Until the last decade or so, mainstream comic book publishers (mainly Marvel and DC) kept sole ownership of their artists’ and writers’ creations as a matter of course. Since characters could stay around for (literally) decades and often “crossed over” between titles, company ownership was considered essential in maintaining continuity. A popular character was like a well-established brand, under the umbrella of the company itself, whose label also served as a brand. Even if a character were identified with a particular creator, there was an implicit understanding that heroes and villains lived or died at the company’s discretion, and artists and writers could be shuffled between titles by editorial fiat. The comic book artist or writer was an employee of the company. This has largely changed as big-name comic creators have gained enough clout to negotiate creative control, while others have developed publishing companies, such as Image, where characters automatically remain the property of the creators. An unlikely forerunner to this change in the industry was Steve Gerber, creator of Howard the Duck (HTD).

Howard the Duck is mainly remembered (outside of comic readers) as the disastrous 1986 Hollywood movie, a film that was at first eagerly anticipated but whose name became synonymous with “bomb” in the 1980s. With Marvel publishing a new trade paperback, The Essential Howard the Duck, and a new Howard series with Gerber back in charge, it is worth examining why a movie version seemed like a good idea in the first place, and why the new series has been selling out since its first appearance in comic shops.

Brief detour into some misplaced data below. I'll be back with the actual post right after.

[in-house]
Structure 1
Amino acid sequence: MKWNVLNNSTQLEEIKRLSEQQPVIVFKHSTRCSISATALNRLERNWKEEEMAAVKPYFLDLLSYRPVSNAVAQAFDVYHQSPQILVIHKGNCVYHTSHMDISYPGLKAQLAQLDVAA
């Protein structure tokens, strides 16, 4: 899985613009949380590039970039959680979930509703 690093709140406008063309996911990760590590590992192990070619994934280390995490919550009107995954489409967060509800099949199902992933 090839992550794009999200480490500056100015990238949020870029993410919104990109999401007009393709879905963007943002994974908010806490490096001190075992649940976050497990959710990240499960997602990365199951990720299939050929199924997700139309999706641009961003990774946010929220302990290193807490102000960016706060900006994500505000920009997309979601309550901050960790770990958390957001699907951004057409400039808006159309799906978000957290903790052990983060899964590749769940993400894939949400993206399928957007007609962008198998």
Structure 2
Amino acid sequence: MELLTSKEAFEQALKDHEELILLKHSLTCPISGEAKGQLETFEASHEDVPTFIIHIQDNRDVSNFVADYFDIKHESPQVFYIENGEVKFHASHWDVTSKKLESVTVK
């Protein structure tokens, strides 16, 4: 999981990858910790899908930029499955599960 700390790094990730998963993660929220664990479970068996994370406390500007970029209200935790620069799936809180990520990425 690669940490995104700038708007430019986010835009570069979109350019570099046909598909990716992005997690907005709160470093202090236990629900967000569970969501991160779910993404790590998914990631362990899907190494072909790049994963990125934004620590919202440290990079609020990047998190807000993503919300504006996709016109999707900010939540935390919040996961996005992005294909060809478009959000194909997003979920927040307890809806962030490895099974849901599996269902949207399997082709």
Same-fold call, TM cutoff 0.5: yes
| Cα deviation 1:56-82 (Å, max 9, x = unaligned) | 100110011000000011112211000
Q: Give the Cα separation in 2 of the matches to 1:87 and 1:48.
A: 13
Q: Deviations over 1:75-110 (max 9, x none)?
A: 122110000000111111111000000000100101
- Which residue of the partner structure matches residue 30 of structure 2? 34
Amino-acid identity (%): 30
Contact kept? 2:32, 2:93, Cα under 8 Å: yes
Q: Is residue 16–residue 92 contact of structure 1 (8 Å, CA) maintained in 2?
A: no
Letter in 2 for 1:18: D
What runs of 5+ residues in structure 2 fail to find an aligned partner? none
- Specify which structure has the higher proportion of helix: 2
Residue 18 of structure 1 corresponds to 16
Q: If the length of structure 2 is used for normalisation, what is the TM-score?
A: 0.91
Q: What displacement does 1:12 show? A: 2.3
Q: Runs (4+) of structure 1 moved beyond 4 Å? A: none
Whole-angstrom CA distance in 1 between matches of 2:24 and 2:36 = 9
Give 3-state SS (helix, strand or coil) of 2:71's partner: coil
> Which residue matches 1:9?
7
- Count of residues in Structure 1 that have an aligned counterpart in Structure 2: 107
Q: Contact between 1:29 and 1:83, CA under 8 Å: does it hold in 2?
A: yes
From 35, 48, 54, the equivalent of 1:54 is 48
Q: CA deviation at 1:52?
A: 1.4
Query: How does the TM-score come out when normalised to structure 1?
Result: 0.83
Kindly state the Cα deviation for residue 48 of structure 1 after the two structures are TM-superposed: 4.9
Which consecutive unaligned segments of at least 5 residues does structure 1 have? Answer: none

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As retold in the new collection, Howard came from a parallel universe, a world much like ours but inhabited by (depending on which version of the story you look at) either talking man-sized ducks or a mixture of different kinds of talking “funny” animals. Through a shift in the “Cosmic Axis” he was transported to the world of humans (“hairless apes”) and stuck there. As an unlikely visitor from another world, he played the classic “outsider” role, commenting on contemporary society’s flaws and absurdities from a perspective free of prejudices or preconceptions. During his run in the ‘70s, Howard crossed paths with cult leaders, sold-out politicians, pompous art critics, and similar pretenders, puncturing their pretensions with his common-sense observations and “don’t tread on me” attitude. In the post-Watergate, post-Woodstock years, when mistrust of the Establishment and doing your own thing weren’t just for hippies anymore, Howard captured a mood and spoke for it in a way that conventional superheroes just weren’t doing.